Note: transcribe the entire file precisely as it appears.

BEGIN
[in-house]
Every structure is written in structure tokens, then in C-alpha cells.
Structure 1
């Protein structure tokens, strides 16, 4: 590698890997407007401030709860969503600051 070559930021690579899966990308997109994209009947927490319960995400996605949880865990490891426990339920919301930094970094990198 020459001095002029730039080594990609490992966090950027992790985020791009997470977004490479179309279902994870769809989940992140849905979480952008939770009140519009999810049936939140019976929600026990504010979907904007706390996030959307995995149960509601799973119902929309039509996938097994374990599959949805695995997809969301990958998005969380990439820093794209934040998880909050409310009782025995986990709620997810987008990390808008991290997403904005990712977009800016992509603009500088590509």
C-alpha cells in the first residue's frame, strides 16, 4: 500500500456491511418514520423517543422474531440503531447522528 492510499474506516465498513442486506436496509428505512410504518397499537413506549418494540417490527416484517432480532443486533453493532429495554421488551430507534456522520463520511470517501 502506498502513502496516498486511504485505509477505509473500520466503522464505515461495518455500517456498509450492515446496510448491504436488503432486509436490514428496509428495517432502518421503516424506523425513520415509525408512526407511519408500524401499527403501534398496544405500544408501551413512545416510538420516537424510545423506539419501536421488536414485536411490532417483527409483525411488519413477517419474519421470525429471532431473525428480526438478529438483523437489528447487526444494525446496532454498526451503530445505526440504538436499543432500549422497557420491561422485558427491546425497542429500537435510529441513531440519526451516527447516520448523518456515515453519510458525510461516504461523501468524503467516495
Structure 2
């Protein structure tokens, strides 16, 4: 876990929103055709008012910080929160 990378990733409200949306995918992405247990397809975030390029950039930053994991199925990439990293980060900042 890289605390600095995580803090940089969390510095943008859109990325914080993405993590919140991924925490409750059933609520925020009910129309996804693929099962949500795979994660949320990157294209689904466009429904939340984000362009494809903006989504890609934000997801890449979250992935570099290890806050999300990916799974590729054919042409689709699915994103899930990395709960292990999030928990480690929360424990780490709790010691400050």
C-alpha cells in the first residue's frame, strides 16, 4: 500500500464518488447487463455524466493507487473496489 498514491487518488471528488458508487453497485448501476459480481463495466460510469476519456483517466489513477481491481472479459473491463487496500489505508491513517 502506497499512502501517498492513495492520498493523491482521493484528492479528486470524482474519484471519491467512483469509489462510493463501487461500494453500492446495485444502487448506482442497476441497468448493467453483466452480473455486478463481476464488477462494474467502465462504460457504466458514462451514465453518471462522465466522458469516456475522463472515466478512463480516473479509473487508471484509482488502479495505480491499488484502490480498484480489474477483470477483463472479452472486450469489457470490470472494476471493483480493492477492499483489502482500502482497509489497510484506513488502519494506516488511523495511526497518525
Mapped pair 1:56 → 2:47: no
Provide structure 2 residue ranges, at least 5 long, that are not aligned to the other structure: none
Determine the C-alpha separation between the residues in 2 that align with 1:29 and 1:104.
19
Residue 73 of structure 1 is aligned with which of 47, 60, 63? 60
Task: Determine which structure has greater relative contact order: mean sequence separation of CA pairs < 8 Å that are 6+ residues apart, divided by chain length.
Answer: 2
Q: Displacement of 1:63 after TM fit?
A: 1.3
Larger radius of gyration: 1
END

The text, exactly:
[in-house]
Every structure is written in structure tokens, then in C-alpha cells.
Structure 1
């Protein structure tokens, strides 16, 4: 590698890997407007401030709860969503600051 070559930021690579899966990308997109994209009947927490319960995400996605949880865990490891426990339920919301930094970094990198 020459001095002029730039080594990609490992966090950027992790985020791009997470977004490479179309279902994870769809989940992140849905979480952008939770009140519009999810049936939140019976929600026990504010979907904007706390996030959307995995149960509601799973119902929309039509996938097994374990599959949805695995997809969301990958998005969380990439820093794209934040998880909050409310009782025995986990709620997810987008990390808008991290997403904005990712977009800016992509603009500088590509």
C-alpha cells in the first residue's frame, strides 16, 4: 500500500456491511418514520423517543422474531440503531447522528 492510499474506516465498513442486506436496509428505512410504518397499537413506549418494540417490527416484517432480532443486533453493532429495554421488551430507534456522520463520511470517501 502506498502513502496516498486511504485505509477505509473500520466503522464505515461495518455500517456498509450492515446496510448491504436488503432486509436490514428496509428495517432502518421503516424506523425513520415509525408512526407511519408500524401499527403501534398496544405500544408501551413512545416510538420516537424510545423506539419501536421488536414485536411490532417483527409483525411488519413477517419474519421470525429471532431473525428480526438478529438483523437489528447487526444494525446496532454498526451503530445505526440504538436499543432500549422497557420491561422485558427491546425497542429500537435510529441513531440519526451516527447516520448523518456515515453519510458525510461516504461523501468524503467516495
Structure 2
């Protein structure tokens, strides 16, 4: 876990929103055709008012910080929160 990378990733409200949306995918992405247990397809975030390029950039930053994991199925990439990293980060900042 890289605390600095995580803090940089969390510095943008859109990325914080993405993590919140991924925490409750059933609520925020009910129309996804693929099962949500795979994660949320990157294209689904466009429904939340984000362009494809903006989504890609934000997801890449979250992935570099290890806050999300990916799974590729054919042409689709699915994103899930990395709960292990999030928990480690929360424990780490709790010691400050």
C-alpha cells in the first residue's frame, strides 16, 4: 500500500464518488447487463455524466493507487473496489 498514491487518488471528488458508487453497485448501476459480481463495466460510469476519456483517466489513477481491481472479459473491463487496500489505508491513517 502506497499512502501517498492513495492520498493523491482521493484528492479528486470524482474519484471519491467512483469509489462510493463501487461500494453500492446495485444502487448506482442497476441497468448493467453483466452480473455486478463481476464488477462494474467502465462504460457504466458514462451514465453518471462522465466522458469516456475522463472515466478512463480516473479509473487508471484509482488502479495505480491499488484502490480498484480489474477483470477483463472479452472486450469489457470490470472494476471493483480493492477492499483489502482500502482497509489497510484506513488502519494506516488511523495511526497518525
Mapped pair 1:56 → 2:47: no
Provide structure 2 residue ranges, at least 5 long, that are not aligned to the other structure: none
Determine the C-alpha separation between the residues in 2 that align with 1:29 and 1:104.
19
Residue 73 of structure 1 is aligned with which of 47, 60, 63? 60
Task: Determine which structure has greater relative contact order: mean sequence separation of CA pairs < 8 Å that are 6+ residues apart, divided by chain length.
Answer: 2
Q: Displacement of 1:63 after TM fit?
A: 1.3
Larger radius of gyration: 1